In addition to Maynard’s own bands, choruses and glee clubs, innumerable were the times that organizations in town brought in dance orchestras for dances. The Historical Society has in its collection posters for dance marathons, masked balls, and even “Battle of Music” events, at which two bands would play, and attendees would vote for the best. The Music Hall, better known at “The Rink” (1885-1912; destroyed by fire), was a dance venue that also hosted roller skating, basketball games, etc. The site became Tutto’s Bowling Alleys, later home to a catering business, now a marijuana store.

Sheet music for
THE BUNNY HUG
At times, there were problems. November 14, 1913, the weekly local newspaper The Maynard News carried this item: “At the Selectmen’s meeting Wednesday evening, it was decided that the objectional dances which have been indulged in in the dance halls in this village must be stopped. All parties holding dances in the future will be notified that these objectionable and so-called animal dances are prohibited and must not be permitted in any dance hall in this municipality… in this action for a cleaner and better Maynard.”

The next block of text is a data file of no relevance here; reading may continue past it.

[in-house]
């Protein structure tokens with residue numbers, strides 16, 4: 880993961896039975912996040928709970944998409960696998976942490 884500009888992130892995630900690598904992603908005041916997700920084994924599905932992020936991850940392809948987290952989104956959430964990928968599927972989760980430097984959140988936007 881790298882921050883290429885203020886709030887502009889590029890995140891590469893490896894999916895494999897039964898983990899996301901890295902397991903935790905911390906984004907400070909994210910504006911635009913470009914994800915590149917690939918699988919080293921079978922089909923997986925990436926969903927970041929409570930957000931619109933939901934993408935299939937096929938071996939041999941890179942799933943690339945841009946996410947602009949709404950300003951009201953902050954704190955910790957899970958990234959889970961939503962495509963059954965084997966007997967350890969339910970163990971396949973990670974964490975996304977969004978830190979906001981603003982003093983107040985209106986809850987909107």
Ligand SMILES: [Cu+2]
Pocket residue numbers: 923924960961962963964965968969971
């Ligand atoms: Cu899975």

The “Animal Dance” craze was directly related to the popularity of ragtime music, derived from African-American traditions, with a syncopated beat. Maynard was not alone in prohibiting provocative dances. In 1912, New York City placed the Grizzly Bear under a "social ban", along with other "huggly-wiggly dances" like the Bunny Hug, Texas Tommy and the Boston Dip.

The Maynard school system offered and offers many opportunities for the musically inclined. The Concert Band, Pep/Marching band and Concert Chorus are credit-earning courses, while the Wind Ensemble, Jazz Band, Honors Chorus and A Capella Choir are non-credit electives. The school functions are supported in part by the Maynard Music Association.

Cap'n Swing, with a few member changes, 
became The Cars, also recorded in Maynard.